Inspired by all this new growth of early spring and the sight of tables full of seeds starting, a quick guide to seed starting rooted in experience seems in order. Starting your veggies indoors gives you not only the advantage of a stronger harvest by besting your local climate but also of not spending a ridiculous amount of money on transplants and giving you a seemingly endless variety from which to choose. Besides, the satisfaction of nurturing your plants from start to finish cannot be understated. But if you’ve ever failed with seeds you know exactly how frustrating the process can be at times, especially on your first try. While you will almost inevitably fail at some point with seeds no matter how experienced you become, here are five key pieces of advice from my experience starting seeds indoors:

Too much, too soon. It’s no secret I am a seed collector from way back and keep a staggering inventory of seed types. However, I also have a sizeable garden plot and I tend to gift plants during the spring. But for the first year (or year two do-over) space, experience, and time should be your very key words. No matter how ambitious you feel or how tempting all those pictures in the shiny seed catalogue are, I strongly suggest starting with at most 5-10 varieties based on time and space. Once you know what your schedule and planting area allow, decide what you want whether that is a basic selection or one geared more toward your personal cooking taste. Also consider your climate when choosing seed types. And most importantly the first year, you have no idea how time consuming nurturing young plants can be until you try it. Starting with a handful of plants allows you to gain that knowledge and in the future calculate how much more your schedule allows, rather than starting with an overabundance, burning out, killing if ever germinating dozens of seedlings, and throwing your hands up in failure. After the first year or two, when you’ve harnessed the basics of growth and tending and have a better idea what you do and don’t like gardening wise, start expanding.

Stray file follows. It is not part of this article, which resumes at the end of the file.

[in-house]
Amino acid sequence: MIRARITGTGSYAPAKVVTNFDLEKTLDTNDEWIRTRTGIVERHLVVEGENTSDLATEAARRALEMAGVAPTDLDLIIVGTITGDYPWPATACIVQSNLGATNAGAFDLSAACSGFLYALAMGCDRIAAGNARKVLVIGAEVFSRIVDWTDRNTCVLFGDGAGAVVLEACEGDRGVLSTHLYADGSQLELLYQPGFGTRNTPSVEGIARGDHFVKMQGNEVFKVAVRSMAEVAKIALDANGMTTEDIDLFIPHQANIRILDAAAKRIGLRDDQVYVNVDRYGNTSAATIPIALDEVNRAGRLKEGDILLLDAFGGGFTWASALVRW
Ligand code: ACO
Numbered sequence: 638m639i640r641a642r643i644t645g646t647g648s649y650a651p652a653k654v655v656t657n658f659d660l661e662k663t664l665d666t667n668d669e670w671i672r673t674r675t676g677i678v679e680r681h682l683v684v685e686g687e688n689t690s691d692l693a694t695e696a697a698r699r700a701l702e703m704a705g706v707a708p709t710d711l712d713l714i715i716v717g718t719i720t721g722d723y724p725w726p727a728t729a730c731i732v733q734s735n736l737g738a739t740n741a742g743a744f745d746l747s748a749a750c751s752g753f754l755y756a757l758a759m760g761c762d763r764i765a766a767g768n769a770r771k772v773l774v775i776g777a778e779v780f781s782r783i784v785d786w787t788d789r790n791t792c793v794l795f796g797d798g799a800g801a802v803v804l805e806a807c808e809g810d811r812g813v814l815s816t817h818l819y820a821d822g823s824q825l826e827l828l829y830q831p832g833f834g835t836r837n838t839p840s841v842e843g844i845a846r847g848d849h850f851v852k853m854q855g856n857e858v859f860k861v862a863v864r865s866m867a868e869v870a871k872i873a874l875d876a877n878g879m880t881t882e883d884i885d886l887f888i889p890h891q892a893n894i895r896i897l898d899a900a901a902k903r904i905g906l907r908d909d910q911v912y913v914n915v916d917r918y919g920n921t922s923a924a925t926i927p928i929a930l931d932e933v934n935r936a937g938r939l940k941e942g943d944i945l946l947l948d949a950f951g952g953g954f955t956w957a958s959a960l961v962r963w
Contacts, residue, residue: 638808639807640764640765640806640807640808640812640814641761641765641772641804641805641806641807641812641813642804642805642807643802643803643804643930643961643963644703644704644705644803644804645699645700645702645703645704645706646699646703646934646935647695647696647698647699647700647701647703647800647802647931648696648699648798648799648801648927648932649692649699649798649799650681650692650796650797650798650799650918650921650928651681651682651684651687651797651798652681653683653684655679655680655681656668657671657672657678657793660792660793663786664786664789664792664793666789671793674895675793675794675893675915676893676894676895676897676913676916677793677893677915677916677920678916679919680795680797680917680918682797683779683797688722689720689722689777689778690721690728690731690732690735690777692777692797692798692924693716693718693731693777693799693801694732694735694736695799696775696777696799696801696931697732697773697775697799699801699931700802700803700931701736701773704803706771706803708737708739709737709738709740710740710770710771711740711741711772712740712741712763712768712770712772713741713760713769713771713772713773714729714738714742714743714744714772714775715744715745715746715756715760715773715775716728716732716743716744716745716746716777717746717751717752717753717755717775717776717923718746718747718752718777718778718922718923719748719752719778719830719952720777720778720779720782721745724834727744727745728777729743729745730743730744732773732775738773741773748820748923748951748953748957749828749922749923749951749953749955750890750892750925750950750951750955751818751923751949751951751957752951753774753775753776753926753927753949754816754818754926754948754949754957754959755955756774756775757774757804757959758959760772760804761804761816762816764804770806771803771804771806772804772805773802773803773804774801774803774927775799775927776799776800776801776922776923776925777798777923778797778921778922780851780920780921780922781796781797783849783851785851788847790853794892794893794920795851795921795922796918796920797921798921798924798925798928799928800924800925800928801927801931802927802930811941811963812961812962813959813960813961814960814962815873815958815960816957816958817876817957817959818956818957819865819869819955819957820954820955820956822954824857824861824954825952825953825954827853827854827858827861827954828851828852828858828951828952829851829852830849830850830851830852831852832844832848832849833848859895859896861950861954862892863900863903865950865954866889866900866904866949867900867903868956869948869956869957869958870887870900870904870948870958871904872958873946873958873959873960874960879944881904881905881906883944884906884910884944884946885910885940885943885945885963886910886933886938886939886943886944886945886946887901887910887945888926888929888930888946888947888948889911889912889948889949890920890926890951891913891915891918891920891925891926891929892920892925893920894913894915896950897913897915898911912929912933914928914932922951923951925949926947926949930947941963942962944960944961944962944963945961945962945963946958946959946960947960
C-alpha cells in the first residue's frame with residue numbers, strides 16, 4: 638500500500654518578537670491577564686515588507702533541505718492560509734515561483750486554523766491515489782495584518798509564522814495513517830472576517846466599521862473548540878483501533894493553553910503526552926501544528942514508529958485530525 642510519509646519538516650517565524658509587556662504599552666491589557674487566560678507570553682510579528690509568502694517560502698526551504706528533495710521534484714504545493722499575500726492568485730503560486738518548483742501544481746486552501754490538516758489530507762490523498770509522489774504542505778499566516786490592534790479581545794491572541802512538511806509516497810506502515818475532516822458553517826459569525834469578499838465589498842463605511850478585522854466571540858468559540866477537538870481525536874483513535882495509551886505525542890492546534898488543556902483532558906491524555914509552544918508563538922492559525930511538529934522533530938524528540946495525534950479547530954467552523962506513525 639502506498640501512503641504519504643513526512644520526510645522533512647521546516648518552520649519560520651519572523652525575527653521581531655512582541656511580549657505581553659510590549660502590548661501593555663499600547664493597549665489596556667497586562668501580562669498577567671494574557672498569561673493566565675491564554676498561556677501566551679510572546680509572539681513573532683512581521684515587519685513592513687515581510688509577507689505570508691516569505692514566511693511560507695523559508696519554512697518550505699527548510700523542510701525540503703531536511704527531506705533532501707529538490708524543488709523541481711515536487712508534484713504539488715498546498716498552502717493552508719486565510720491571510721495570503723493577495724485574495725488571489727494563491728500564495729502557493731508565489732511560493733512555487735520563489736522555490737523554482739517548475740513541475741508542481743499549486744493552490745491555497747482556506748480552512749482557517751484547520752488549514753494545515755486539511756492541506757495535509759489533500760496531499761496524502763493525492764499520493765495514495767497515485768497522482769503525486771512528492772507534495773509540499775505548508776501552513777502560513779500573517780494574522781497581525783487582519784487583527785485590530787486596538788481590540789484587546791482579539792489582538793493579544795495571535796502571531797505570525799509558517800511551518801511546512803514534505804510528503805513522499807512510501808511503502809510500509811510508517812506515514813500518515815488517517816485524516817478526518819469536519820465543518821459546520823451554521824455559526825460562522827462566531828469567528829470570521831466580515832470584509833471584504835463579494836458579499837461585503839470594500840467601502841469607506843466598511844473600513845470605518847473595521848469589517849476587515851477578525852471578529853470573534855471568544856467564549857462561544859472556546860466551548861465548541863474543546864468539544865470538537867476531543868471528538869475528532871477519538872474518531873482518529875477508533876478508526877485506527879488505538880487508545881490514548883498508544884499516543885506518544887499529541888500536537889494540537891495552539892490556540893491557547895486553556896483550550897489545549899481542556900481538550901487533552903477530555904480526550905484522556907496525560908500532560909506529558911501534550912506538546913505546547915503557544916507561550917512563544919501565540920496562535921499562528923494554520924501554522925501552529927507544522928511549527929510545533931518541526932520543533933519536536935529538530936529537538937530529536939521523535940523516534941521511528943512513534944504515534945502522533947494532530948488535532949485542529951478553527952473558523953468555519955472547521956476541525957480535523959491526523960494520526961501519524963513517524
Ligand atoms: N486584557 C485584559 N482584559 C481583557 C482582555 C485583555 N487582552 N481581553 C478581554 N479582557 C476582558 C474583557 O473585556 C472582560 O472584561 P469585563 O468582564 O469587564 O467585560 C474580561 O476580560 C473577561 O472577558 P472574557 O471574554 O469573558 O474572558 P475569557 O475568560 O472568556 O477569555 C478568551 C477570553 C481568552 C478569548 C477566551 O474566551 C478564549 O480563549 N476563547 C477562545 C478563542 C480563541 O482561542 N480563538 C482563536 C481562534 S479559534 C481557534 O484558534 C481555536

It seems like a silly mistake, but be sure to individually label each of your seeds. Forgetting to or postponing labeling will inevitably lead to confusion.

It seems like a silly mistake, but be sure to individually label each of your seeds. Forgetting to or postponing labeling will inevitably lead to confusion.

Stress. Stress is a killer and plants are not exempted from that rule. Improper amounts of water, light, and warmth (see below) can create stress but two other common forms of stress are fertilizer burn and transplant shock. Seedlings will need fertilizing at least once before transplanting (3-4 weeks from after sprouting, typically) but even the most mature plant can fall victim to fertilizer burn, so fertilizer must be heavily diluted and applied carefully. A spray mister and water tray will be your best friends for both fertilizer application and watering your seedlings (details in the water section).

With regard to transplanting, I strongly suggest planting them in a single container until outdoor transplanting or trying homemade seed pods as described here which simplify the potting up process. Even then, reduce the process of potting up to only one step per day for the baby plant so that it need only recover from one stressor at a time. (Potting up is the process of taking your seedling from seed starting pods upward in pot size to account for its growth until it is time to plant outdoors. An excellent how to guide can be found here.) And when it comes time to transplant your pampered plant into the garden, you’re in for disaster if you skip hardening them off. It can be time consuming if you overdo from the outset with too many plants, but if you start low volume with just a few plants, it’s fairly simple. About a week or two before planting them out, when the days become warm enough, begin taking your baby plant outside. The first day only set them out for a few hours splitting the time between shade and sun, the second day set them out a couple of hours longer, still longer the next, and so on until it’s time to transplant. This allows them to acclimate from the cozy indoors to the more harsh environment outside preventing issues such as windburn, freeze, and sunburn. And also, when you do transplant, do not do so at the peak of day in the bright sunshine. Either choose an overcast day or plant when the sun is low and try not to disturb the rootball during the transplant.


Light & Warmth. Don’t give into the temptation to use even the brightest window in your house as your light source. It not only likely won’t be enough light no matter how much sun it lets in, but the cold from outside will get through. Grow lights are available online or shop lamps are a handy option. They provide both light and heat and can be hung in such a way that they are easily adjusted upward as your young plant grows. From the very beginning, your light source should be directly above and two to three inches from your seedlings at all times. This provides for the straightest, strongest growth. By leaving the lights on 12-14 hours a day, you are both imitating summer sunshine and creating a significant difference in temperature even indoors when the lights are on and off (10-15 degrees typically) which helps prepare your seedling for the outdoors environment.